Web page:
Some of my best memories growing up in Fontana are ones of my dad raising horses. He has a real passion for them and he taught me a lot about them. I have to say there is something majestic about a horse that just makes you appreciate their grace and strength. When this house first came to me I was reluctant based on the price and specs of the house. It was a 3 bedroom 2 bathroom house with a little over 1,700 square feet with no garage. These days having no garage is a very big deal since everyone in the household drives. However once I learned that it was a horse property in the middle of Whittier , I was sold! We went to go look at it right away.
The first thing we noticed when entering the community is the sign that says “Pellissier Village, Equestrian District”. Then all of the sudden we saw all of these homes with a ranch look and feel to them. It was very surprising to learn that in Whittier, a sprawling metropolitan area, there was a small tract of homes that allow horses. When we pulled up we could see that the home had a nice look to it, a very simple “A” frame roof pitch with a porch in the front. I was already picturing in my head what I was going to do to this place, but we’ll save that for later.
The first step inside and we noticed that this place hadn’t been updated in decades. There was a landing you had to step down from to be in the living room. It made no sense at all. The kitchen was a little cramped, so we knew we had to rearrange the whole thing and we were going to have to take a wall down to open everything up.
The family room was attached to the kitchen with an old rock fire place. It appeared to us that this was remodeled after the home was built. Right away we could tell that it was not done in the most professional manner.
The fireplace lead to a long hallway with the laundry connections to the right and the first bathroom to the left.
On the other side of the house is where the hallway was located that connected to all the bedrooms and the other bathroom.
The last bedroom at the end of the hallway was enormous! It could have easily been 2 big bedrooms. Ding! (That was a light bulb going on in my head.) That’s what we were going to do. I had a vision to continue the hallway and pop in 2 separate doorways creating 2 large bedrooms making this place a 4 bedroom 2 bathroom home.
Finally we got to the back yard and there was not a lot to look at, but there was an old storage shed made of siding. Besides that it was just dirt and weeds. We ended up buying the house for $387,000 which took awhile to close escrow since it was a probate sale.
We started demo on day one since we had a pretty good idea of what we wanted to do as far as the floor plan was concerned. Based on what I had seen, I thought this was going to be a lighter rehab then most of our “Vintage Flips”. I couldn’t be there much for demo day since at this time we had 3 other projects going on, so I wanted to be there for the important days.
Day one of design day was one of these important days and it ended being more eventful then I would like. Tina and I arrived at the house on a Monday morning, and disaster struck right away. We walked in to a pool of water and we were freaking out. If anyone out there knows a thing or two about renovations, they will tell you one of the worst things that can happen is a leak that has been going for days without notice. Luckily for us this house is on a slab and the water damage was contained before it could get into most of the drywall. Another fortunate thing is one of my oldest and best friends Ruben Terrazas runs and owns his own restoration company, Puro Clean. I called him and being the great friend that he is, came the same day. He and his crew got almost all the water out on the first day. He had to spend a few more days to run his machines to get all the moisture out, including the walls. After it was done the cost was not too bad (I got the friends and family discount.) I have to be honest it could have been worse but it was still an added cost that we didn’t have the budget for.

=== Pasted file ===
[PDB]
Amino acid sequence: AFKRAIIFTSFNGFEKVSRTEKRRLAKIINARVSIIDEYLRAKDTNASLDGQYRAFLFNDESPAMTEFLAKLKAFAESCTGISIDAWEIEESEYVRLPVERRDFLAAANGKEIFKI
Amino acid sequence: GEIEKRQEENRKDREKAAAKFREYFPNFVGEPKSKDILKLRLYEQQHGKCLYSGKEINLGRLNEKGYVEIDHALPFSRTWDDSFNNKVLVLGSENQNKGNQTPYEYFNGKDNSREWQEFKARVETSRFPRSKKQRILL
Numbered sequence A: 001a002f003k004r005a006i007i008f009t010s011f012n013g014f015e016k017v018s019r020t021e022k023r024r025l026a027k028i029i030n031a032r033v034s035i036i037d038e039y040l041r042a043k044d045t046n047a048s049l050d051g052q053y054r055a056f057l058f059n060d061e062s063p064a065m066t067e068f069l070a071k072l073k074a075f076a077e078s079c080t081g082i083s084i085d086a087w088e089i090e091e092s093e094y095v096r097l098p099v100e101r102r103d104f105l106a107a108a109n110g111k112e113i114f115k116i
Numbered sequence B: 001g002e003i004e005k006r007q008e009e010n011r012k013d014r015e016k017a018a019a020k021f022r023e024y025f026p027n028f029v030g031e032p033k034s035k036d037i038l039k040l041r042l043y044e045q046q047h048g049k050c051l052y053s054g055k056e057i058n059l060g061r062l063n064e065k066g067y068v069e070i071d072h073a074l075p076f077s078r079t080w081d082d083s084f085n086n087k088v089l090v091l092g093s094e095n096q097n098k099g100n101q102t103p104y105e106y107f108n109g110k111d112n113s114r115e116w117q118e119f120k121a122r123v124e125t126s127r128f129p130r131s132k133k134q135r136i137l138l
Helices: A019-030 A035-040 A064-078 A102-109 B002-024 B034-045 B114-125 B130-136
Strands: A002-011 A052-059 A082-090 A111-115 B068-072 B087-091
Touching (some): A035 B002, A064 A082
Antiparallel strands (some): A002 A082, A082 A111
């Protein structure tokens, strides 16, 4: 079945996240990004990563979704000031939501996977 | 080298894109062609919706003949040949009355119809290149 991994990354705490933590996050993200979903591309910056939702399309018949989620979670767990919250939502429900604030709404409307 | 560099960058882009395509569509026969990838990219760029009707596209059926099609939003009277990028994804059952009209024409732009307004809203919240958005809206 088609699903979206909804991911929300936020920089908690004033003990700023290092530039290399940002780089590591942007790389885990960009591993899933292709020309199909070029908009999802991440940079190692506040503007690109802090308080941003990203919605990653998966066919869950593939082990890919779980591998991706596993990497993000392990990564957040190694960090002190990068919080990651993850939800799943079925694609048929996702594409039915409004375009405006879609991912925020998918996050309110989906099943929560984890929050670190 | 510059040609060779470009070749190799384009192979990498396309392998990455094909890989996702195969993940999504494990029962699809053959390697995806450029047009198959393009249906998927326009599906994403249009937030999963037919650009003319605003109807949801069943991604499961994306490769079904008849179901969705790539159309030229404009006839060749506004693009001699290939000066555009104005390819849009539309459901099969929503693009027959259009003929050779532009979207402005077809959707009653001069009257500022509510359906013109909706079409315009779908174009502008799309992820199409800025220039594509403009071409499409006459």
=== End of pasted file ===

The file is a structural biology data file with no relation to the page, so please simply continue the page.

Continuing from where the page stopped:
After a week of catching up we finally got to see the place after deleting the wall and taking down a bunch of the drywall. When we are at this stage of the renovation, I can envision things a whole lot better. We knew we had to come up with a design that was themed around a ranch but we had to make sure we were able to modernize the house too.
The first obstacle we had to tackle was the exterior, especially the front. Ranch houses have this certain look to them that is inviting and welcoming. You can imagine people just sitting on their porch drinking some lemonade. So I went to my “designer especial” Tina. She right away went online and started doing research on what we had to do to make it look and feel Ranch. We did a draft on the computer so we could try a few options. The first thing she focused on was the porch. Tina came up with doing some crow’s feet for the post and adding some horizontal wood beams to wrap the porch. It was a great first step but it was not enough. Next we added some stone veneers to enhance the Ranch look. The left side of the house now had that look, but the right side was still stucco and that did not sit right with us. So we came up with doing something called board and batten. It is a architectural feature where you take wainscoting but go very simple in the designs. You use very clean lines with no intricate cuts. It is a similar style to shaker doors which so happens is very common in barn houses. For good measure, we added a wooden gate that accentuated the farmhouse look, by going with wood and using 2 cross beams at a 45 degree angle. For the side post we went really high so we could add a solid wood header where a man on a horse can walk under without hitting their heads. Now we were really rolling on the renovation!
Next we moved to the inside. We knew we had to bring in some elements that would meld together. So we decided to go with metal, wood and leather as the theme. For the kitchen we knew that we wanted to go with a shaker style since we were going for the ranch look, but we wanted to kick it up a notch. I came up with routing out the insides of the upper doors, and inserting chicken wire mesh. Tina came up with a great idea for the door knobs and pulls. She wanted to not use them at all, and instead wanted to go with leather pulls for both the doors and drawers. We got two of the three elements so far, and now all we needed was to bring in some wood. Tina thought of using butcher block for the counters but that was too obvious of an option so I thought why not use it for the back splash. I do not believe anyone has ever done that, so I figured we should be the first. The kitchen is the heart of every home and we wanted to give this home a very strong and nurturing heart.